Students from abroad have a tough time applying online
Even as the first year junior college (FYJC) online admissions have taken a beating at home, many foreign students are logging online to secure seats in Mumbai’s junior colleges. Puja Pednekar and Apoorva Puranik reports.mumbai Updated: Jun 09, 2013 01:14 IST
Even as the first year junior college (FYJC) online admissions have taken a beating at home, many foreign students are logging online to secure seats in Mumbai’s junior colleges.
This year, students from countries like the Republic of Zambia in southern Africa, Canada, the United Kingdom, Singapore, Dubai and others, have applied for admission to Class 11 through the online process.
However, students are forced to run from pillar to post to get their grades converted into marks that are required for applying to colleges under the Maharashtra State Board of Secondary and Higher Secondary Education. Two students from Republic of Zambia, who are moving to India, had a hard time getting documents approved.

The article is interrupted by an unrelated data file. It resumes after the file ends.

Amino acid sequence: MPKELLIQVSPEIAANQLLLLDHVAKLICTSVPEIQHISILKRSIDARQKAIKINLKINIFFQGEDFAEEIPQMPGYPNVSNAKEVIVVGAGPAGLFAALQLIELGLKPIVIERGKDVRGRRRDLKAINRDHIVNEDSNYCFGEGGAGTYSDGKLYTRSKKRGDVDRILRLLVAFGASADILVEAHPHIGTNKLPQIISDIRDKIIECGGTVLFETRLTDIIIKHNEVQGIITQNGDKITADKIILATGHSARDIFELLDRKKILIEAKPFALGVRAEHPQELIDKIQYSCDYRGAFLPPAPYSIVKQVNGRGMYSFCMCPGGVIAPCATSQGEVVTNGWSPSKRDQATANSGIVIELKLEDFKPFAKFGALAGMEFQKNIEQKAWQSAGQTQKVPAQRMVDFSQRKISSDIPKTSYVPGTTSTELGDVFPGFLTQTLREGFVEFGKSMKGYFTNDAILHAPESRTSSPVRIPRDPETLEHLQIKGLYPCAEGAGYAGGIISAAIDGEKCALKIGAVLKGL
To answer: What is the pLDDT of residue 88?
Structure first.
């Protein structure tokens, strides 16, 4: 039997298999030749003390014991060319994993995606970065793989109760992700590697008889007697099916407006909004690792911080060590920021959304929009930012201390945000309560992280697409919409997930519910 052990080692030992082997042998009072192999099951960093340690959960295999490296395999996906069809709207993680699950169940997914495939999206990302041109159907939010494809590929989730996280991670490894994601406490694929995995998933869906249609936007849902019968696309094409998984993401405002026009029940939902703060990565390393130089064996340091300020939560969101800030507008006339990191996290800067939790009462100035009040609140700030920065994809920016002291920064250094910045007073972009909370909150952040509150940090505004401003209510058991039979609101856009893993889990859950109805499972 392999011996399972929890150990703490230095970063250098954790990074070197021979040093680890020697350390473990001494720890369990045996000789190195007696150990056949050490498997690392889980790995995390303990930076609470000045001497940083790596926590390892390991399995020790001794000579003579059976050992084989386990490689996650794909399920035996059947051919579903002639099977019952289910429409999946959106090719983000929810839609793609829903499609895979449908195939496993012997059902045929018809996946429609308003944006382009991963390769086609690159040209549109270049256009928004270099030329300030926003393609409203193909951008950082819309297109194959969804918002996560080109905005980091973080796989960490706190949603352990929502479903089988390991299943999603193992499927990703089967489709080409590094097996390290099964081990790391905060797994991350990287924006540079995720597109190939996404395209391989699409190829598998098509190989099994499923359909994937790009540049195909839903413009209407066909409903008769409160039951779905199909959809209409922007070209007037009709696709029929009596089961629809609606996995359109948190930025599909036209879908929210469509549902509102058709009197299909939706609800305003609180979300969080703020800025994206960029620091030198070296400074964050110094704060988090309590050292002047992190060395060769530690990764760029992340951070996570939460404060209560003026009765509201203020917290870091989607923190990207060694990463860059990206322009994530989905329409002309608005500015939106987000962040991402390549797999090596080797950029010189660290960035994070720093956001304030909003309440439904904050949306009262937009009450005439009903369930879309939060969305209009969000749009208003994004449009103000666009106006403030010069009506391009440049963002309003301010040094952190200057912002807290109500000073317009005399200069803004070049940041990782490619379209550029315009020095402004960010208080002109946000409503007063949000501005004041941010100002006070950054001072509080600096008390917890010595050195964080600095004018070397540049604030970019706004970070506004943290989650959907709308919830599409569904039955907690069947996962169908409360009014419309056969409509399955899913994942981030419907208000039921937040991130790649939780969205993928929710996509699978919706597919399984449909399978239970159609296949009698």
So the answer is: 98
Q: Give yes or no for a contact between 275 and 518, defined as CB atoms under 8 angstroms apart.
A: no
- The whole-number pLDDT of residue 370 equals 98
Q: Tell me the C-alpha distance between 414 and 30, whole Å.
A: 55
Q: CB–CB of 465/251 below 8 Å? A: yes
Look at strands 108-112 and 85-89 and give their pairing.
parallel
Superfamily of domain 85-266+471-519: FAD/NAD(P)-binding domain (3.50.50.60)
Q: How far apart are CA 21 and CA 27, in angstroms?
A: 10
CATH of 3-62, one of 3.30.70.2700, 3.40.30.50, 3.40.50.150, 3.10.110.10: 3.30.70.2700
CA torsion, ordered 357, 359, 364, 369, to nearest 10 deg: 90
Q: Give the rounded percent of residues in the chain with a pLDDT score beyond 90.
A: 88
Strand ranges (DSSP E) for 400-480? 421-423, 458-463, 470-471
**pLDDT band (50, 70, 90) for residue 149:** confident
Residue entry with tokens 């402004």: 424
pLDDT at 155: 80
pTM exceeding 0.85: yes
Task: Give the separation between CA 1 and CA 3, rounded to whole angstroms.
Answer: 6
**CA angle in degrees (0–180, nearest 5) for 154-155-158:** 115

“The authorities refused to accept my daughter’s application as she had studied from the local board [in Zambia]. We will seek admission through the offline process,’’ said an applicant’s mother who had approached the guidance centre at Gyan Kendra School, Andheri. But her son’s application was accepted as he had studied from the International General School Certificate Examination board.
A student from Canada, who secured 87% in the IGCSE exam, too faced problems seeking admission through cultural quota.
Students also faced the language barrier. “Most of the information we get is in Marathi, making sense of it is a task,’’ said Priyansh Manikam, who studied in Dubai. He wants to apply to the science stream in St Xavier’s College, Fort or KC College, Churchgate.